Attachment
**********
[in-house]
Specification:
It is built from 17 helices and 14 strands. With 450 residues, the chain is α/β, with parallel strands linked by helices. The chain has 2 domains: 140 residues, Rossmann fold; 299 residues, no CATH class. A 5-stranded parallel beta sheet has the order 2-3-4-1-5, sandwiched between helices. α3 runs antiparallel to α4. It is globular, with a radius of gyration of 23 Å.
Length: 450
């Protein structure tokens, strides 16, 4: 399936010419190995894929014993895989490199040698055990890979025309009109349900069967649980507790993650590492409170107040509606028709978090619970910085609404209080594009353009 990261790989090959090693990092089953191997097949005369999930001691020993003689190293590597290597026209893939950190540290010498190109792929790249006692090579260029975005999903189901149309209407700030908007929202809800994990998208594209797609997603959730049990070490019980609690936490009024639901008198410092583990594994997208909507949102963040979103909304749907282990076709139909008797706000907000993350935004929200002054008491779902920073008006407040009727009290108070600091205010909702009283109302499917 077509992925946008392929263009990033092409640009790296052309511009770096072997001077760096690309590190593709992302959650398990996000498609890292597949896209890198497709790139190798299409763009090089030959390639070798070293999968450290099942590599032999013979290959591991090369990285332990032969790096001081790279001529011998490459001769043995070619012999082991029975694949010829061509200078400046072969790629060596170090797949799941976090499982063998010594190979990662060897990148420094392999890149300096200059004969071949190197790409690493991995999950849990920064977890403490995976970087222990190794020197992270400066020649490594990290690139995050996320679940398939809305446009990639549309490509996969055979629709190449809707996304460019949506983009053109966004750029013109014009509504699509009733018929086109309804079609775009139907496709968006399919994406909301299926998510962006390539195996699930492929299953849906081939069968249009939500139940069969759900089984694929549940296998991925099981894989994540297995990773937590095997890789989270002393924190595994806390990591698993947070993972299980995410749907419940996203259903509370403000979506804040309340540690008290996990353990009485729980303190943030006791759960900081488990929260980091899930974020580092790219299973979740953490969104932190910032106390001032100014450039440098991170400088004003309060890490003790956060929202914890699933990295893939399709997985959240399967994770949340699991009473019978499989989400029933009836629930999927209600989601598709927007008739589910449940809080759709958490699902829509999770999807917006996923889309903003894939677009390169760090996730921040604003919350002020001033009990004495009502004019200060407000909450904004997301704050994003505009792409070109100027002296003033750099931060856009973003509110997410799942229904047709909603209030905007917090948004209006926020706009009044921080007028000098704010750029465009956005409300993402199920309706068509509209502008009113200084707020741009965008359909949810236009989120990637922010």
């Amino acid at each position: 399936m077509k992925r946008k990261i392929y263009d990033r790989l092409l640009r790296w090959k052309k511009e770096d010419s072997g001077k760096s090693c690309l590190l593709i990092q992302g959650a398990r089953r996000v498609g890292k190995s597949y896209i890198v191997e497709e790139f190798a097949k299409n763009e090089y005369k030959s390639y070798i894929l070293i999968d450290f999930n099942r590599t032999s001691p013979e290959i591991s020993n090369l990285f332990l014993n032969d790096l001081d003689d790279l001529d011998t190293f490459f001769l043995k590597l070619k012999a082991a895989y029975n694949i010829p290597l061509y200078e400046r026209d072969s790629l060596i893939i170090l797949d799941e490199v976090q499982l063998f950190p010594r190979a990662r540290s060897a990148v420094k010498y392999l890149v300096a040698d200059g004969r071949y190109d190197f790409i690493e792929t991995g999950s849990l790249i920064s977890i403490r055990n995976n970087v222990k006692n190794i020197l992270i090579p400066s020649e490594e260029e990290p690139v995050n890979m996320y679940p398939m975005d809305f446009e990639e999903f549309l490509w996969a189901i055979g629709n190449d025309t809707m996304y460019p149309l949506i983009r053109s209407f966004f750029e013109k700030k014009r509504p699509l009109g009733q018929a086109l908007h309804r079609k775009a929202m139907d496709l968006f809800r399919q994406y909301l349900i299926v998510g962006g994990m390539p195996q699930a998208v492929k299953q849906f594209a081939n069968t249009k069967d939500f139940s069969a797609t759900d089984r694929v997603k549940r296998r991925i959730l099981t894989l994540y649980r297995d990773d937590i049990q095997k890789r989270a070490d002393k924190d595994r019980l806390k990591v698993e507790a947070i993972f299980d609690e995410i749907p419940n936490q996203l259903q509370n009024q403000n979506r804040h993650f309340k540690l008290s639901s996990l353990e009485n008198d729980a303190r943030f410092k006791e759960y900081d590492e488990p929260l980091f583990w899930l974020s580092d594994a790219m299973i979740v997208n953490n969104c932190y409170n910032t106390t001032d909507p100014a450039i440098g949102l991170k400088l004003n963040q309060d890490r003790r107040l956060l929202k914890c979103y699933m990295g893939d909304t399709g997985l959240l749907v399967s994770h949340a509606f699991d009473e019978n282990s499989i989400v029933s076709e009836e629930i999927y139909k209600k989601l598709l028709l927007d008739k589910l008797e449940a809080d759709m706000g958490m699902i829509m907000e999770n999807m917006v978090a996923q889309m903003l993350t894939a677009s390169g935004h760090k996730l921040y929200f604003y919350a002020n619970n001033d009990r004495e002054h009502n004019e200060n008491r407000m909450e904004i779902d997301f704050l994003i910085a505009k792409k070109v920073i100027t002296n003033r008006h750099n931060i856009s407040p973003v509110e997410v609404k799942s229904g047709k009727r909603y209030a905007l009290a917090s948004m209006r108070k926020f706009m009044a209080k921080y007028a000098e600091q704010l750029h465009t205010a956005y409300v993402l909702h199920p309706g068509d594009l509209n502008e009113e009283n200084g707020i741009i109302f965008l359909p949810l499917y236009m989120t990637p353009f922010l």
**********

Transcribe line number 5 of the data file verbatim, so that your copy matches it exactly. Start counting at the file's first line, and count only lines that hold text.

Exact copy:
């Protein structure tokens, strides 16, 4: 399936010419190995894929014993895989490199040698055990890979025309009109349900069967649980507790993650590492409170107040509606028709978090619970910085609404209080594009353009 990261790989090959090693990092089953191997097949005369999930001691020993003689190293590597290597026209893939950190540290010498190109792929790249006692090579260029975005999903189901149309209407700030908007929202809800994990998208594209797609997603959730049990070490019980609690936490009024639901008198410092583990594994997208909507949102963040979103909304749907282990076709139909008797706000907000993350935004929200002054008491779902920073008006407040009727009290108070600091205010909702009283109302499917 077509992925946008392929263009990033092409640009790296052309511009770096072997001077760096690309590190593709992302959650398990996000498609890292597949896209890198497709790139190798299409763009090089030959390639070798070293999968450290099942590599032999013979290959591991090369990285332990032969790096001081790279001529011998490459001769043995070619012999082991029975694949010829061509200078400046072969790629060596170090797949799941976090499982063998010594190979990662060897990148420094392999890149300096200059004969071949190197790409690493991995999950849990920064977890403490995976970087222990190794020197992270400066020649490594990290690139995050996320679940398939809305446009990639549309490509996969055979629709190449809707996304460019949506983009053109966004750029013109014009509504699509009733018929086109309804079609775009139907496709968006399919994406909301299926998510962006390539195996699930492929299953849906081939069968249009939500139940069969759900089984694929549940296998991925099981894989994540297995990773937590095997890789989270002393924190595994806390990591698993947070993972299980995410749907419940996203259903509370403000979506804040309340540690008290996990353990009485729980303190943030006791759960900081488990929260980091899930974020580092790219299973979740953490969104932190910032106390001032100014450039440098991170400088004003309060890490003790956060929202914890699933990295893939399709997985959240399967994770949340699991009473019978499989989400029933009836629930999927209600989601598709927007008739589910449940809080759709958490699902829509999770999807917006996923889309903003894939677009390169760090996730921040604003919350002020001033009990004495009502004019200060407000909450904004997301704050994003505009792409070109100027002296003033750099931060856009973003509110997410799942229904047709909603209030905007917090948004209006926020706009009044921080007028000098704010750029465009956005409300993402199920309706068509509209502008009113200084707020741009965008359909949810236009989120990637922010």